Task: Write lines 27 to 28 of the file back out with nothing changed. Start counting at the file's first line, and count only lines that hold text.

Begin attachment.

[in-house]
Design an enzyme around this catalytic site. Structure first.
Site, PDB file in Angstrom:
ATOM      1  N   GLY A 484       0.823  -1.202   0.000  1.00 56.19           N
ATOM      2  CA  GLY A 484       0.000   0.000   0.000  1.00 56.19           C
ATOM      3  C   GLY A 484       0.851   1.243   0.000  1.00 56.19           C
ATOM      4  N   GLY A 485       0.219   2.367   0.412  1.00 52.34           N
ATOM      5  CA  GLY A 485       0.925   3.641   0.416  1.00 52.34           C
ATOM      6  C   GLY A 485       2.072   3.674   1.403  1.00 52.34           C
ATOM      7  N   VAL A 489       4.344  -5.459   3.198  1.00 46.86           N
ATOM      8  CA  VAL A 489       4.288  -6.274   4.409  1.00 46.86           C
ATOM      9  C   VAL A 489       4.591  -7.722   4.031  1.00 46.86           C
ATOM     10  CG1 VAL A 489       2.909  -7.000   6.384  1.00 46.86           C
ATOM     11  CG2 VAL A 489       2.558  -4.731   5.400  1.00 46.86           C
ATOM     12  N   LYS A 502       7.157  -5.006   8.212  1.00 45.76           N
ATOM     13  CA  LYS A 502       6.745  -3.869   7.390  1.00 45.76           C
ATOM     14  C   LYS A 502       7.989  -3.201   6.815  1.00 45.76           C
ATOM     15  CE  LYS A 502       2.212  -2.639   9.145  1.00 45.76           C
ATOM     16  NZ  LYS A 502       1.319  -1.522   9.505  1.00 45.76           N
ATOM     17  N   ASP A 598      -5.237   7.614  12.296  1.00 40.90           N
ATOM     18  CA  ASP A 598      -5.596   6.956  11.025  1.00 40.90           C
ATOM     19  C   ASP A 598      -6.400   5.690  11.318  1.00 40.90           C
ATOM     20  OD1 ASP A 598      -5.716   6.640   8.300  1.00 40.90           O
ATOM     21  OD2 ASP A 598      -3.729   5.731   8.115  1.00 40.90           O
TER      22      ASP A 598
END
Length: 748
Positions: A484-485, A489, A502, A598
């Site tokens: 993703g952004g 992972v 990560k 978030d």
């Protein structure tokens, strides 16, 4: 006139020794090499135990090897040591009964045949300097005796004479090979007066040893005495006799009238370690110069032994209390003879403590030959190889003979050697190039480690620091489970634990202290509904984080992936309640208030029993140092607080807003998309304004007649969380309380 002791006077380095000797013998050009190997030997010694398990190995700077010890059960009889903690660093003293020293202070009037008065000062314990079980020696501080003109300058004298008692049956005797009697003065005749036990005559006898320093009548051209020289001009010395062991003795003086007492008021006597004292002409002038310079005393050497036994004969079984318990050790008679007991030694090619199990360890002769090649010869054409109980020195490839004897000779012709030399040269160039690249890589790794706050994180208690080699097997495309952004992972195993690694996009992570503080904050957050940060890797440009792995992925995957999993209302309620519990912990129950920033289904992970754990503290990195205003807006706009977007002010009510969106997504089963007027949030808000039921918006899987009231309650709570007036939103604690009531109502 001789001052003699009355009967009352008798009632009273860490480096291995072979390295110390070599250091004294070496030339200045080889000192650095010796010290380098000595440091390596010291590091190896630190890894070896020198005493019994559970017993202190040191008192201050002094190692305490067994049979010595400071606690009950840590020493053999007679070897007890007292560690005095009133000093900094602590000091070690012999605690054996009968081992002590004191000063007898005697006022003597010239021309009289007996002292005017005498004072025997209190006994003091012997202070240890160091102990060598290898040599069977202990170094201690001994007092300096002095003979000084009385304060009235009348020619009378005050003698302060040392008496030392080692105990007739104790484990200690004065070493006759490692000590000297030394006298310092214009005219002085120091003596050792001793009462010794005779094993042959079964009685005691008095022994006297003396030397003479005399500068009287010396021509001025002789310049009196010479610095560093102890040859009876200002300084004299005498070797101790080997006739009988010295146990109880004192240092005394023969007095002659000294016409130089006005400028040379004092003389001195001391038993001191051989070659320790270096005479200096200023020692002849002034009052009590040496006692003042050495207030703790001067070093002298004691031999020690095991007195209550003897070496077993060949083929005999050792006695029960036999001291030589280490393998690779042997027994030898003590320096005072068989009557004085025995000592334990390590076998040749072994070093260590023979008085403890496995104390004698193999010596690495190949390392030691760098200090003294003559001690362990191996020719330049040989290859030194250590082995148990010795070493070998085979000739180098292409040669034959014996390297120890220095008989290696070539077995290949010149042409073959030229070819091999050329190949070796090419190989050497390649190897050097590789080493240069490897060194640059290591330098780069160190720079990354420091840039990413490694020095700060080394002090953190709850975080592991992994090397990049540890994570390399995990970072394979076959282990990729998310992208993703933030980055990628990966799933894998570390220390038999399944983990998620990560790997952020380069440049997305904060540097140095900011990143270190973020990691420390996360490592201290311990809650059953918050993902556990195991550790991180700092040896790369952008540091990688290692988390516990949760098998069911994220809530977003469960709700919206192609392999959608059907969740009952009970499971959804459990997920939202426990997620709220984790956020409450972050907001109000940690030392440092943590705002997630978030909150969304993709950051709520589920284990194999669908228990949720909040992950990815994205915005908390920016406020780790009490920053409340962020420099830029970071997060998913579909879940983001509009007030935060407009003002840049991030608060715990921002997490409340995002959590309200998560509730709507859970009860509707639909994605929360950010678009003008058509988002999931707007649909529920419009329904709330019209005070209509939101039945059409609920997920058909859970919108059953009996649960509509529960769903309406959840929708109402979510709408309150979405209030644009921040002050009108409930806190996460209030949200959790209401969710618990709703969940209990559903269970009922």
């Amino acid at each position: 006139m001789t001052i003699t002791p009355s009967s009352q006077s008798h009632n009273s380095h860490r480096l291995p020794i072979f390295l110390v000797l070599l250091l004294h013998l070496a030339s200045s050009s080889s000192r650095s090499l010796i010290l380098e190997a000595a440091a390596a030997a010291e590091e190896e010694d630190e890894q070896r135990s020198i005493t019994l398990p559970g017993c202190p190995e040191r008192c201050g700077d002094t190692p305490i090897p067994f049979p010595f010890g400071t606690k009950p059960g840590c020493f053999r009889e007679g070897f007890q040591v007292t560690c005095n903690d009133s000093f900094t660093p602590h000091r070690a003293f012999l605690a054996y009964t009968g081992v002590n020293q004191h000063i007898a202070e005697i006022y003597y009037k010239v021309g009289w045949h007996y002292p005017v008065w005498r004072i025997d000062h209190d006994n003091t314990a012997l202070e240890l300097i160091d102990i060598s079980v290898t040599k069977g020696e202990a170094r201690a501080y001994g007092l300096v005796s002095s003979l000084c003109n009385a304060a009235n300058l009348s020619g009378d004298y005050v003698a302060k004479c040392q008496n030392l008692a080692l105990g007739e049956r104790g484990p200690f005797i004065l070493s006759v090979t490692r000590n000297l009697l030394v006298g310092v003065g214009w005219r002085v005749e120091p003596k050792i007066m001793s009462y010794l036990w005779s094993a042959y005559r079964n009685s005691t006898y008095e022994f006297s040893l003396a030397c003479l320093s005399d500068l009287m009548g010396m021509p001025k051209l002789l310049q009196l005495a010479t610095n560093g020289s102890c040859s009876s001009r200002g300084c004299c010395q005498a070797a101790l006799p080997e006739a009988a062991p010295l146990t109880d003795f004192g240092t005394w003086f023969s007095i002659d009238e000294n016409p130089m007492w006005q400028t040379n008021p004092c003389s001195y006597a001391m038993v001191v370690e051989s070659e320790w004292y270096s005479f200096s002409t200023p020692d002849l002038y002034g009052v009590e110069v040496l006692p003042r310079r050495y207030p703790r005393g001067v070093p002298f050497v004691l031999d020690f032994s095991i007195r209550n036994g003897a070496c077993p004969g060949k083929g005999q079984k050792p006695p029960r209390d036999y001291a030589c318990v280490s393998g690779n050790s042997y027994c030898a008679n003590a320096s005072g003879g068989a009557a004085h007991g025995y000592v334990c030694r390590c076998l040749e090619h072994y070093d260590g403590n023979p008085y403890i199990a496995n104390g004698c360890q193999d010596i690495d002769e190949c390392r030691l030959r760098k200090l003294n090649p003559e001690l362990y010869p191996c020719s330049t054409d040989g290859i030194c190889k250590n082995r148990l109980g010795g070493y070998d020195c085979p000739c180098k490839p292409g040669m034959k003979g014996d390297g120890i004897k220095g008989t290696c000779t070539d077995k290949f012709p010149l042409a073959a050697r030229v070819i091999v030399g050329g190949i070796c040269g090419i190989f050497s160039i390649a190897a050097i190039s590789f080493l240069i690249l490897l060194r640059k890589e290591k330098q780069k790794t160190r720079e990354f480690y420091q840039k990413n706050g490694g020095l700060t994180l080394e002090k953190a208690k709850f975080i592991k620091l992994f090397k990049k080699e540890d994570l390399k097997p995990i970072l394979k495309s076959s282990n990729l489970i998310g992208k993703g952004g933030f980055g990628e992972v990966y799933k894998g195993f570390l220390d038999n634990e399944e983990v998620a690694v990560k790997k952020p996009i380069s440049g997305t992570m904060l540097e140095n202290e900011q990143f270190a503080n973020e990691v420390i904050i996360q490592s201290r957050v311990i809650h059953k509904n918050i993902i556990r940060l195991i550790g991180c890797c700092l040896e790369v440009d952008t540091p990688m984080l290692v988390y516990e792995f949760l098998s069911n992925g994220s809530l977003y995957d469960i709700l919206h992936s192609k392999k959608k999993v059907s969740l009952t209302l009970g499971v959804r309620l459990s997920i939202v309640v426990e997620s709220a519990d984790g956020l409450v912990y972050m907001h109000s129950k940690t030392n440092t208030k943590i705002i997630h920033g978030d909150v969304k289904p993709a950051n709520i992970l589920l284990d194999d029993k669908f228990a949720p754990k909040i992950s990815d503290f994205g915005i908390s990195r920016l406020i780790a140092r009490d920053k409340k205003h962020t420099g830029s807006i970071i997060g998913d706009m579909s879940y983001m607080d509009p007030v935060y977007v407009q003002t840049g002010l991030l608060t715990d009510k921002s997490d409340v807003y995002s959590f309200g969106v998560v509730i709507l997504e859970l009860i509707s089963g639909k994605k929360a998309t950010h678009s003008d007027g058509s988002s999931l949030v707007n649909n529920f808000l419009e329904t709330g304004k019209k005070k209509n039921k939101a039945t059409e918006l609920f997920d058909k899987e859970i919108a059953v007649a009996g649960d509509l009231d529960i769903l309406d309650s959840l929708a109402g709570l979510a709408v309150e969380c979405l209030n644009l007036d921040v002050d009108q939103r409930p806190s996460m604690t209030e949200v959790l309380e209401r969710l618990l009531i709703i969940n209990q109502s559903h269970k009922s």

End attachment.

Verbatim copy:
Length: 748
Positions: A484-485, A489, A502, A598